1966 Lamborghini Miura P400. Groundbreaking in design and engineering, the mid-engine Miura remains one of the most significant cars of its era. 


1973 Porsche 911 RS. I have many "favorite" Porsches from over the years, including the present-day 718 GT4. But if I could have only one - actually, if I could only have one vehicle in my ICE Garage - the 911 RS would be it. 


2008 Alfa Romeo 8C Competizione. It was beautiful the moment it arrived and still is; it would be perfect when the weather doesn't allow you to drive the California.


2019 Ferrari 488 Pista. The modern day Ferrari with just the right amount of technology, but not too much. The emphasis is on the driving, as it should be. And it is blistering fast.


2020 Lamborghini Huracán EVO RWD. I have never imagined owning a Lamborghini, but if I had the opportunity, I would order one of these.


2020 Chevrolet Corvette Stingray. Yes, the new mid-engine Corvette is everything they say it is, and more. It's a tribute to GM's True Believers, who deserve all of the kudos coming their way. I would wait for the upcoming Z06 and enjoy it to the fullest.


2021 Dodge Challenger R/T Scat Pack Shaker Widebody. I would need to have one, purely Bad Ass car in my ICE Garage, and no, I don’t need a Hellcat. The normally-aspirated 392 Hemi V8 would do just fine.

Yes, it’s a list, I’ll say that much. Is it complete? Oh hell no. But if this is the end of an era, and these are the cars in my ICE Garage to visit and drive while I motor around in the latest BelchFire Electric GT, then I would be exceedingly happy.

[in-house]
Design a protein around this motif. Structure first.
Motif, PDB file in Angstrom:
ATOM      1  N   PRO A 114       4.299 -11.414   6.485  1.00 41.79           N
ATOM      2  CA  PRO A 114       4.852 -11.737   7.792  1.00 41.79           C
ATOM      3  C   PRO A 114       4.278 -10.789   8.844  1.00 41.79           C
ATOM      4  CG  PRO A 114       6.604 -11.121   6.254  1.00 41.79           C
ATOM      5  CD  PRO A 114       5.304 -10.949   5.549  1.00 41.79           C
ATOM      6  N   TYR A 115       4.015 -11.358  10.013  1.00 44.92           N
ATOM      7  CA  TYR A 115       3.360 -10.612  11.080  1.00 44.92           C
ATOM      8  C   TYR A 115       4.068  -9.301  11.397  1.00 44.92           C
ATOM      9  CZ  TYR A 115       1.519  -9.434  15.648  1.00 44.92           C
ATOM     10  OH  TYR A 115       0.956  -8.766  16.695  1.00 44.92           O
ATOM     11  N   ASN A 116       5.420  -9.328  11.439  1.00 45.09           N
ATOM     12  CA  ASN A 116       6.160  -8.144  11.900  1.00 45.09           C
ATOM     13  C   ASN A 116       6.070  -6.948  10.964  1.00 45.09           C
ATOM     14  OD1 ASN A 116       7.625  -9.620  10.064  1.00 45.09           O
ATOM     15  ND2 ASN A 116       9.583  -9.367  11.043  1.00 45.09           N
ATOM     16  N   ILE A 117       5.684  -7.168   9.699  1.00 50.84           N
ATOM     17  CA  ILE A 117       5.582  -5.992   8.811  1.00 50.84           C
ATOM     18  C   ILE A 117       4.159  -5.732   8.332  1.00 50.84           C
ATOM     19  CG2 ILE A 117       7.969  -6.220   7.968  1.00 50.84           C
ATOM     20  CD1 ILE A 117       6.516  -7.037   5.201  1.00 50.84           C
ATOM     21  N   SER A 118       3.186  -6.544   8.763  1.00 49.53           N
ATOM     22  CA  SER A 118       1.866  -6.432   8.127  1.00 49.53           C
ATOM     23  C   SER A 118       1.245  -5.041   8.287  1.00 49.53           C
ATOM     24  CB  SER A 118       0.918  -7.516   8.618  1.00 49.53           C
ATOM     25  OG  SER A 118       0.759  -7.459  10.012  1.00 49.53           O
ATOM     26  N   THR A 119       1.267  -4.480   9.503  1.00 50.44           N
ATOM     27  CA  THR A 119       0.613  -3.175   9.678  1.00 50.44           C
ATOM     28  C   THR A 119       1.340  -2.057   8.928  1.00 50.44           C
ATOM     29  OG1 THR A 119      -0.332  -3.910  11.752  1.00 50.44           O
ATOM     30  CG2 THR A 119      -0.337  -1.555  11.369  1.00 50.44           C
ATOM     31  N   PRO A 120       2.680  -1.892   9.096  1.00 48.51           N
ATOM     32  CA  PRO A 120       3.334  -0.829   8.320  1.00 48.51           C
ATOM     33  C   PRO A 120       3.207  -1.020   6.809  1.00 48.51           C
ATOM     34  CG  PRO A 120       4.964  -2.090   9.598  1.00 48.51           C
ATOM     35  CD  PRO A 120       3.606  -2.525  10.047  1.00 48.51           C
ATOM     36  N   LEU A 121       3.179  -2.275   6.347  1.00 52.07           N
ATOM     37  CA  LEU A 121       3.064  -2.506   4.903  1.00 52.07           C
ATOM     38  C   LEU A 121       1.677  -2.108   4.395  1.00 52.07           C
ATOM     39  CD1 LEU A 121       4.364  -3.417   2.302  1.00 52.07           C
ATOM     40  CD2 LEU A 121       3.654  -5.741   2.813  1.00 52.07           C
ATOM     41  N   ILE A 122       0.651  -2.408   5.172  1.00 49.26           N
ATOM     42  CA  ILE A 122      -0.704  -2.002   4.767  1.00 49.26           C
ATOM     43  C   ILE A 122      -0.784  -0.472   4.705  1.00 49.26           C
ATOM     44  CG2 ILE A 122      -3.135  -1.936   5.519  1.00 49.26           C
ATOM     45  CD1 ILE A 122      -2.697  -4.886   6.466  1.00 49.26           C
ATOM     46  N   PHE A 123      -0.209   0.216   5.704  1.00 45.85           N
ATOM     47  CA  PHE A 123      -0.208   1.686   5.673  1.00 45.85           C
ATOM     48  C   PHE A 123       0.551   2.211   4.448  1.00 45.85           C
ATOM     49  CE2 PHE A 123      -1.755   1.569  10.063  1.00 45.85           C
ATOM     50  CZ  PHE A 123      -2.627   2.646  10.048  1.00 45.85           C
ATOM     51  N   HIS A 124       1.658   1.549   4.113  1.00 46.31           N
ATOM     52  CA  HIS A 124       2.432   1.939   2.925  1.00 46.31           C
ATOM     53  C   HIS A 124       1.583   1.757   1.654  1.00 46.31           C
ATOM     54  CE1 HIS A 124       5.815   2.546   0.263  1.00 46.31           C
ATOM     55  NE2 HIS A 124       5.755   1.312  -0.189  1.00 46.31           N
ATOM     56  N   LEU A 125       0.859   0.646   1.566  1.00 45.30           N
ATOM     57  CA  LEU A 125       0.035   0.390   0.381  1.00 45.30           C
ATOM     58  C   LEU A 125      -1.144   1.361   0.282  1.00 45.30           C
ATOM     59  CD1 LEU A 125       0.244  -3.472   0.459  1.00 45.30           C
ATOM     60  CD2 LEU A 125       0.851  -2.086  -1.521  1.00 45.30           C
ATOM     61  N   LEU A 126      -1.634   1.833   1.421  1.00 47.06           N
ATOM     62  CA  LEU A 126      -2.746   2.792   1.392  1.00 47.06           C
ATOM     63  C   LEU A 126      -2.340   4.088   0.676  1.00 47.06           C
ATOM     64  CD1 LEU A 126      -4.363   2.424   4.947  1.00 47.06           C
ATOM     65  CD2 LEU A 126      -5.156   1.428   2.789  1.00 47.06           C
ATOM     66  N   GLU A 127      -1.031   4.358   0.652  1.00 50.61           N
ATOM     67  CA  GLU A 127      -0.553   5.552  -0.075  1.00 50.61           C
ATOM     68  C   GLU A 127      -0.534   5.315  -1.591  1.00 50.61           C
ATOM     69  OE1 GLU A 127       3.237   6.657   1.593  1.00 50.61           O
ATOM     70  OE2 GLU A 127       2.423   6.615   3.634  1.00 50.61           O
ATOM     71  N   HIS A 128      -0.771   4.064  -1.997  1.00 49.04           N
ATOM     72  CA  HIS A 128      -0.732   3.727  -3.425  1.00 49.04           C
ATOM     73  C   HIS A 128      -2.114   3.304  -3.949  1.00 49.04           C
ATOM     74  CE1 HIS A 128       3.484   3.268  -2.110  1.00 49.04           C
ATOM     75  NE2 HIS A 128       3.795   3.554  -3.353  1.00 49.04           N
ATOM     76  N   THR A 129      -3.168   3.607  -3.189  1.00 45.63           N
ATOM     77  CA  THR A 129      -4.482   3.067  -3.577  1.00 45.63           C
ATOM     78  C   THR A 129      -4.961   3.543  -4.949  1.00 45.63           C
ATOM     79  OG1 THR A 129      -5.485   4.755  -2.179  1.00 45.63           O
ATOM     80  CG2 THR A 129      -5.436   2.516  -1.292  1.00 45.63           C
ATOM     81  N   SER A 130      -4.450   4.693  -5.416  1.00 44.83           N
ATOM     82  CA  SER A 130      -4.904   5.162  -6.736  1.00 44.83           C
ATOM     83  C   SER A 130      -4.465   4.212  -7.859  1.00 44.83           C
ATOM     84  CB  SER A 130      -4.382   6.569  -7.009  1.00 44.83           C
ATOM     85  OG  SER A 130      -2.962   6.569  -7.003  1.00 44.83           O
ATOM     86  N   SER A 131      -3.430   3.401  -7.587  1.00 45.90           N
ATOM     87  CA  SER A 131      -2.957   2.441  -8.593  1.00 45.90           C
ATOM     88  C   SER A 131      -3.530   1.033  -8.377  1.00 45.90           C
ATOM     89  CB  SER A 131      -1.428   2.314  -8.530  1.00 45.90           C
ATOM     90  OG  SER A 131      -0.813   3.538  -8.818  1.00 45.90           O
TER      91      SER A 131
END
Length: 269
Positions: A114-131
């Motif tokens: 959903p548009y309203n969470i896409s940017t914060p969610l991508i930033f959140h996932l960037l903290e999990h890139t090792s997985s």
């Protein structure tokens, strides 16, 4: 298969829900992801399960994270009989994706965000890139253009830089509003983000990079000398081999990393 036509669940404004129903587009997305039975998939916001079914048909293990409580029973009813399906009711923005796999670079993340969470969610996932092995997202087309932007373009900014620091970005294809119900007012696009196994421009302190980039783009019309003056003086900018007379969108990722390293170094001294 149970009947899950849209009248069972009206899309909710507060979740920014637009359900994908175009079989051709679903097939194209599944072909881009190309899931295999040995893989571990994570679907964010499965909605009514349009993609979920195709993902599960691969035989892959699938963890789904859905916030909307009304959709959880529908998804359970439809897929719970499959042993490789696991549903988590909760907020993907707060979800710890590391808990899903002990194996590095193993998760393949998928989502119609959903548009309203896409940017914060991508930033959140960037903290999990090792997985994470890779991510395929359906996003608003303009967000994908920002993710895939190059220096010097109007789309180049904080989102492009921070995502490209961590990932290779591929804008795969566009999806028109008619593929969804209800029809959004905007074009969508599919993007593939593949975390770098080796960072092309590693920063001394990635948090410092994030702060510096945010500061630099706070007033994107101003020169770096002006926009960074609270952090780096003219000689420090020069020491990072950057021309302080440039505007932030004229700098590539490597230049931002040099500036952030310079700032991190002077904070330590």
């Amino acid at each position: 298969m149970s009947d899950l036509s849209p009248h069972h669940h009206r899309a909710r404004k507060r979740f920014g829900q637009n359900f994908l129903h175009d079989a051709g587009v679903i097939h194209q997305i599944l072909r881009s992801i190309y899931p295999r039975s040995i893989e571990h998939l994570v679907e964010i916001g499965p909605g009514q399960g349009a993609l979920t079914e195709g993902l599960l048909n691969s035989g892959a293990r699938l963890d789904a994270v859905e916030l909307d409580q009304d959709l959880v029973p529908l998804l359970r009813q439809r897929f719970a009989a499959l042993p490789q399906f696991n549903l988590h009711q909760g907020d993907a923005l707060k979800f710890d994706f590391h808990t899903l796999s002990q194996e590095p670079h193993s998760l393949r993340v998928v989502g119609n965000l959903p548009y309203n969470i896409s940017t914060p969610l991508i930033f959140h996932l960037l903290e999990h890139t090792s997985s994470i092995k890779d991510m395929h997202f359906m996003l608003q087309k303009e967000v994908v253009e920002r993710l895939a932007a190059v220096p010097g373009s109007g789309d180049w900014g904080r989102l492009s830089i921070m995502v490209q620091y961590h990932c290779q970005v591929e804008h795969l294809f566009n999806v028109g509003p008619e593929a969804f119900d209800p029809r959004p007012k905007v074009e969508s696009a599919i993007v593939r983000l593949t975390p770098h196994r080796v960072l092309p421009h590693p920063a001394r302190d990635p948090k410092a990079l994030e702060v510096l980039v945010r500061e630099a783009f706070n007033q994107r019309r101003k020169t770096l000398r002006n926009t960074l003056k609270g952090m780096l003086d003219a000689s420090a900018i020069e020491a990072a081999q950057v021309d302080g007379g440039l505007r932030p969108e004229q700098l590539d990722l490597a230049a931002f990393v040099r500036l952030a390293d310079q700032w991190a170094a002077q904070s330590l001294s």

Needless to say, I don’t plan on going gently into the night. I will hammer whatever I have for all it’s worth and make every single moment count as the glow from the ICE era slowly fades into the twilight.

As Dylan Thomas famously wrote:

Do not go gentle into that good night,
Old age should burn and rave at close of day;
Rage, rage against the dying of the light.

Though wise men at their end know dark is right,
Because their words had forked no lightning they
Do not go gentle into that good night.

Good men, the last wave by, crying how bright
Their frail deeds might have danced in a green bay,
Rage, rage against the dying of the light.

Wild men who caught and sang the sun in flight,
And learn, too late, they grieved it on its way,
Do not go gentle into that good night.

Grave men, near death, who see with blinding sight
Blind eyes could blaze like meteors and be gay,
Rage, rage against the dying of the light.

And you, my father, there on the sad height,
Curse, bless, me now with your fierce tears, I pray.
Do not go gentle into that good night.
Rage, rage against the dying of the light.


And that’s the High-Kilowatt Truth for this week.